[249]. When he first began to speak, he ordered the frogs that happened
to make a troublesome noise, upon an estate belonging to the family near
the town, to be silent; and there goes a report that frogs never croaked
there since that time. As he was dining in a grove at the fourth mile-
stone on the Campanian road, an eagle suddenly snatched a piece of bread
out of his hand, and, soaring to a prodigious height, after hovering,
came down most unexpectedly, and returned it to him.

Quintus Catulus had a dream, for two nights successively after his
dedication of the Capitol. The first night he dreamt (140) that Jupiter,
out of several boys of the order of the nobility who were playing about
his altar, selected one, into whose bosom he put the public seal of the
commonwealth, which he held in his hand; but in his vision the next
night, he saw in the bosom of Jupiter Capitolinus, the same boy; whom he
ordered to be removed, but it was forbidden by the God, who declared that
it must be brought up to become the guardian of the state. The next day,
meeting Augustus, with whom till that hour he had not the least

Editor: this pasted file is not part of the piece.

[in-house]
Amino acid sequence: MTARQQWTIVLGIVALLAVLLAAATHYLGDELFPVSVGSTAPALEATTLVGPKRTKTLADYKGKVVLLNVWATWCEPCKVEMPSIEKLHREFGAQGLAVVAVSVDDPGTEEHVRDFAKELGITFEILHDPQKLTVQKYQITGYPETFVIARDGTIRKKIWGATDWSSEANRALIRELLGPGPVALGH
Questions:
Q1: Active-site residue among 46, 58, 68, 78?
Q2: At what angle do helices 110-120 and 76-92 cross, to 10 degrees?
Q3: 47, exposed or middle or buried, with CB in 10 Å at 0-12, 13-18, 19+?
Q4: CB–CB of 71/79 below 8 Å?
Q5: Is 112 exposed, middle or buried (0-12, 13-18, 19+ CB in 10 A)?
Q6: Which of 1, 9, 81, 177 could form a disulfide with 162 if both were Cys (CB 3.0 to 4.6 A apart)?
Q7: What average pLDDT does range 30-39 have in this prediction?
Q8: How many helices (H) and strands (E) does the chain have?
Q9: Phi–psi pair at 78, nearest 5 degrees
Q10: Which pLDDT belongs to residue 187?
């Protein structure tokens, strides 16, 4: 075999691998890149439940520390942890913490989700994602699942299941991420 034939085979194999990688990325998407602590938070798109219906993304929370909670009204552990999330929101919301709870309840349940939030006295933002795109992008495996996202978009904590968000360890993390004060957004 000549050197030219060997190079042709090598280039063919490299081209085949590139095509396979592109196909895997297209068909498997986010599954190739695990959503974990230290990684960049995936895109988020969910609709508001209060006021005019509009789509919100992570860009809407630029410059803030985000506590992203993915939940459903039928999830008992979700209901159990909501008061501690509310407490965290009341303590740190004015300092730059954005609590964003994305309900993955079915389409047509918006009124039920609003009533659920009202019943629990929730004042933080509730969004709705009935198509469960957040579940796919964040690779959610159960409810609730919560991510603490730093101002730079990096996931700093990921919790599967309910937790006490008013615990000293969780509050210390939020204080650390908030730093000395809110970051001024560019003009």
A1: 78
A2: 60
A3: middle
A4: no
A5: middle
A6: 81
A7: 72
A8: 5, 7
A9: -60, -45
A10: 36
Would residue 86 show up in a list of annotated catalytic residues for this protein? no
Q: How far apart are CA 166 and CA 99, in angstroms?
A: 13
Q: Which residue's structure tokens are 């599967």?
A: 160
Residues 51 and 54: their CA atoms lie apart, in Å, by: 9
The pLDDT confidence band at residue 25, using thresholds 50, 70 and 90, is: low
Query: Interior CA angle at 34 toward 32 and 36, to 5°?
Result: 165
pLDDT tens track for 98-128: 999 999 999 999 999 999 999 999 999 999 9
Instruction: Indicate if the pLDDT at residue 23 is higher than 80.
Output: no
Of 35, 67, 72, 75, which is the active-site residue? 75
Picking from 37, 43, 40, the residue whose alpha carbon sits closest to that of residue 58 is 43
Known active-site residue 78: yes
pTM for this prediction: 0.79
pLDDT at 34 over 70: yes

acquaintance, and looking at him with admiration, he said he was
extremely like the boy he had seen in his dream. Some give a different
account of Catulus’s first dream, namely, that Jupiter, upon several
noble lads requesting of him that they might have a guardian, had pointed
to one amongst them, to whom they were to prefer their requests; and
putting his fingers to the boy’s mouth to kiss, he afterwards applied
them to his own.

Marcus Cicero, as he was attending Caius Caesar to the Capitol, happened
to be telling some of his friends a dream which he had the preceding
night, in which he saw a comely youth, let down from heaven by a golden
chain, who stood at the door of the Capitol, and had a whip put into his
hands by Jupiter. And immediately upon sight of Augustus, who had been
sent for by his uncle Caesar to the sacrifice, and was as yet perfectly
unknown to most of the company, he affirmed that it was the very boy he